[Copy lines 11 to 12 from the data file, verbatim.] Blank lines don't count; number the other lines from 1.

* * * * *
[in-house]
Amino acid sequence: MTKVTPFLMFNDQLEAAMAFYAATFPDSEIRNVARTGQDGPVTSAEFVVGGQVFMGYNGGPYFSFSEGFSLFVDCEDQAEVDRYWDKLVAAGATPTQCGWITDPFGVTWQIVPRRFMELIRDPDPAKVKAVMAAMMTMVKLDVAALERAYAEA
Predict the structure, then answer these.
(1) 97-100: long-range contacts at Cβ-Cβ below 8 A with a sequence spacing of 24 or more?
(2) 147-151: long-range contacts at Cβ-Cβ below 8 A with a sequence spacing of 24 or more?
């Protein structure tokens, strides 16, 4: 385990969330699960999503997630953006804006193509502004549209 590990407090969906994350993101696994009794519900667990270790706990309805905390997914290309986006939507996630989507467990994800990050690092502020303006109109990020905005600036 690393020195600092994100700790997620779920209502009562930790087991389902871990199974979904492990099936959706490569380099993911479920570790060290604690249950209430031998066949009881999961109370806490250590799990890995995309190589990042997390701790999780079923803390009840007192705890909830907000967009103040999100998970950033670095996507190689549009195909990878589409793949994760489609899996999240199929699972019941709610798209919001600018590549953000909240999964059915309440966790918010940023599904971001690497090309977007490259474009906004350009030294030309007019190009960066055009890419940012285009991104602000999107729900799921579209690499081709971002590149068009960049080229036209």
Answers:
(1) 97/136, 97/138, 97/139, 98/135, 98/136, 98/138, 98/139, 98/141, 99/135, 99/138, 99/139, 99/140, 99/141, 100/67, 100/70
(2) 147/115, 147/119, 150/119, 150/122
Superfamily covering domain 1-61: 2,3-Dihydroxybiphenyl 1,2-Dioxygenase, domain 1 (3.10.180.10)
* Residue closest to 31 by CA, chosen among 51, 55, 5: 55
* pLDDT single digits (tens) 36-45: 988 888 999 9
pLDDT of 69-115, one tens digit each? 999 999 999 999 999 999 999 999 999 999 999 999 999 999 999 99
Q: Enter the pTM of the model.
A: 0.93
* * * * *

* Residue closest to 31 by CA, chosen among 51, 55, 5: 55
* pLDDT single digits (tens) 36-45: 988 888 999 9